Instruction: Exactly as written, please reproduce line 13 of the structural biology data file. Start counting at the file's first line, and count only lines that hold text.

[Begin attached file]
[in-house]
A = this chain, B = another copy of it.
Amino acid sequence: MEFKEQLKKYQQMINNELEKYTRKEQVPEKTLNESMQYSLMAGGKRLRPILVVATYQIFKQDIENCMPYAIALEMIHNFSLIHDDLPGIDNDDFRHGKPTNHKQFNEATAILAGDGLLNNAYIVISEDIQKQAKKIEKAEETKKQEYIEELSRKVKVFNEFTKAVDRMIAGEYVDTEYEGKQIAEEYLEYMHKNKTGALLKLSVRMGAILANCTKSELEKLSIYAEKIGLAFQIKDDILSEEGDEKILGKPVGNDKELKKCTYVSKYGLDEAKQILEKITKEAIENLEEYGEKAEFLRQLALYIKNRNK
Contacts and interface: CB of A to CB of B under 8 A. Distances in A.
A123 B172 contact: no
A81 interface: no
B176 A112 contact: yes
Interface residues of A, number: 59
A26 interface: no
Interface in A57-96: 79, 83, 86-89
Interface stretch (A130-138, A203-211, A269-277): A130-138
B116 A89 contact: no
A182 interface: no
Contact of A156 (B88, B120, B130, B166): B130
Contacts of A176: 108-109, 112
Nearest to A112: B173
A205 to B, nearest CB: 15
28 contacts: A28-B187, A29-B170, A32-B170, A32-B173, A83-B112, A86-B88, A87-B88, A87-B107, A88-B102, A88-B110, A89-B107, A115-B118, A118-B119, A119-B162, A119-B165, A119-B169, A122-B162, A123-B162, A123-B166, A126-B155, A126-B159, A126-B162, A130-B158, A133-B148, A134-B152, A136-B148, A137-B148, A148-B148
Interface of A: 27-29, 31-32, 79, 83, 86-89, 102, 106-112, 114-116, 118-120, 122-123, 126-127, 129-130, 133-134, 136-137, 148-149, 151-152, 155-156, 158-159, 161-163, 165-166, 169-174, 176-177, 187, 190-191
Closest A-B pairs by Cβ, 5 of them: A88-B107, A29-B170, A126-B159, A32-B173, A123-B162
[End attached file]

A182 interface: no